Emily Dickinson - A Bird Came Down the Walk

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A Bird Came Down the Walk

A bird came down the walk:
He did not know I saw;
He bit an angle-worm in halves
And ate the fellow, raw.
 
And then he drank a dew
From a convenient grass,
And then hopped sidewise to the wall
To let a beetle pass.
 
He glanced with rapid eyes
That hurried all abroad,
They looked like frightened beads, I thought;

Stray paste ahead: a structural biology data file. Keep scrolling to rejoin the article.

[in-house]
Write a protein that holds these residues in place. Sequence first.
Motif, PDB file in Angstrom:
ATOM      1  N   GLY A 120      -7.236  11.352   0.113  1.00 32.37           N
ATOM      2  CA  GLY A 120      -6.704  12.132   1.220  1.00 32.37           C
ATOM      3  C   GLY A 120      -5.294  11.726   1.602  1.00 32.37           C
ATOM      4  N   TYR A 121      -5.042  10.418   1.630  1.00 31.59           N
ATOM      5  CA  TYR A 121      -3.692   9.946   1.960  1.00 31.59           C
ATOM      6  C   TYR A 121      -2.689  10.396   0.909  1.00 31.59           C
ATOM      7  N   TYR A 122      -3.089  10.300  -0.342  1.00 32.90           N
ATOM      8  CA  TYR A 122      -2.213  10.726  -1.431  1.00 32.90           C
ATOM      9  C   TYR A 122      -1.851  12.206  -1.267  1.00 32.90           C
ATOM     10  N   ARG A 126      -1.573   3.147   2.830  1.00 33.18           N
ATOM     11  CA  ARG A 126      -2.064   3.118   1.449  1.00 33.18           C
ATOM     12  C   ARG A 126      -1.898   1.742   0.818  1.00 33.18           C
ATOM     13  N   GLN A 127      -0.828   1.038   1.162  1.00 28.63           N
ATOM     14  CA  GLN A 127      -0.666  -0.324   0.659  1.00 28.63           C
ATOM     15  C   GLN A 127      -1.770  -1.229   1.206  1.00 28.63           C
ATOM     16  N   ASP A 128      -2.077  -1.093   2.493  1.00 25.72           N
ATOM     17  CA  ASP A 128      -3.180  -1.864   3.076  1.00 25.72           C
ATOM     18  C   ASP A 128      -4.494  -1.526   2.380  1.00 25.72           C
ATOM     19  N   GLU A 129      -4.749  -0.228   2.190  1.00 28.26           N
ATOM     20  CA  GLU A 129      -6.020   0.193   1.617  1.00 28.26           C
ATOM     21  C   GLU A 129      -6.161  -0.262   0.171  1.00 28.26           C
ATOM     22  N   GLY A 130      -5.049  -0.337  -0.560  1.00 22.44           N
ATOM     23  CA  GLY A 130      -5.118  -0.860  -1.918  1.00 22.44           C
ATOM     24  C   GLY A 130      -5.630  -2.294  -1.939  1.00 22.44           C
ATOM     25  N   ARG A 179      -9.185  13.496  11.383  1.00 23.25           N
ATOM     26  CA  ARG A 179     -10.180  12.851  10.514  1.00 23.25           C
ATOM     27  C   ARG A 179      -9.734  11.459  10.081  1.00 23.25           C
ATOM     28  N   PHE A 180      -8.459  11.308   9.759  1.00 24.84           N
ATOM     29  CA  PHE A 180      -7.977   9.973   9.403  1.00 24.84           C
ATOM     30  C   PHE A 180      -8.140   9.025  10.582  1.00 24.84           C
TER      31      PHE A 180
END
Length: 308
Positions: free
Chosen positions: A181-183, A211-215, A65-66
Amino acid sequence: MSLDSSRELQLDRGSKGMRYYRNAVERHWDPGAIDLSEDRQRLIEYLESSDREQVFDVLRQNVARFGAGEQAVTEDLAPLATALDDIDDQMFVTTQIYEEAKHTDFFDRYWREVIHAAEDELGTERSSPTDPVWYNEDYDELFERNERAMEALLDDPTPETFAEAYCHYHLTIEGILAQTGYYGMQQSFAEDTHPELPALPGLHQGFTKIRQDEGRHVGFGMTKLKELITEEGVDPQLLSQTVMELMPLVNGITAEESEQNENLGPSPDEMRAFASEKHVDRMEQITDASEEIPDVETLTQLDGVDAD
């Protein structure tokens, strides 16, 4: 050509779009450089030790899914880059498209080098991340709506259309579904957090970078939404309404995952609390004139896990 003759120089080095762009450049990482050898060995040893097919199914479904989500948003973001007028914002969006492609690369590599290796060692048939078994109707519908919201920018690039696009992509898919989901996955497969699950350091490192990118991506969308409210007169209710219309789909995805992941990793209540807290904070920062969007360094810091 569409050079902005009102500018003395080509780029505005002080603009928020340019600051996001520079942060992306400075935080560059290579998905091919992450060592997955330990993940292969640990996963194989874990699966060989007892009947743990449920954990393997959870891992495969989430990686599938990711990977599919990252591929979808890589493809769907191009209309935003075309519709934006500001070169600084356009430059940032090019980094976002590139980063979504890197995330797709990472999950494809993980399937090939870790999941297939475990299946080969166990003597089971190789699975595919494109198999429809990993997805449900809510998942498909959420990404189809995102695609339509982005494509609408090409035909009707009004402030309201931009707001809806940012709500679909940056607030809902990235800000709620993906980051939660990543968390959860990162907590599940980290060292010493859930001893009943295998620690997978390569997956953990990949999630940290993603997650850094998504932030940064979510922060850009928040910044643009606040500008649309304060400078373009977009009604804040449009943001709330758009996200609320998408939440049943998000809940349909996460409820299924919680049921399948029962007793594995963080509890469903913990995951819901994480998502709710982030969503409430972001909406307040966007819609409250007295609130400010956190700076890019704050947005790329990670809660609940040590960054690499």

He stirred his velvet head
 
Like one in danger; cautious,
I offered him a crumb,
And he unrolled his feathers
And rowed him softer home
 
Than oars divide the ocean,
Too silver for a seam,
Or butterflies, off banks of noon,
Leap, splashless, as they swim.
 
Adicionado por Hades21Hades21 em Sábado, 16/12/2017 - 11:04
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Emily Dickinson: Maiores 3
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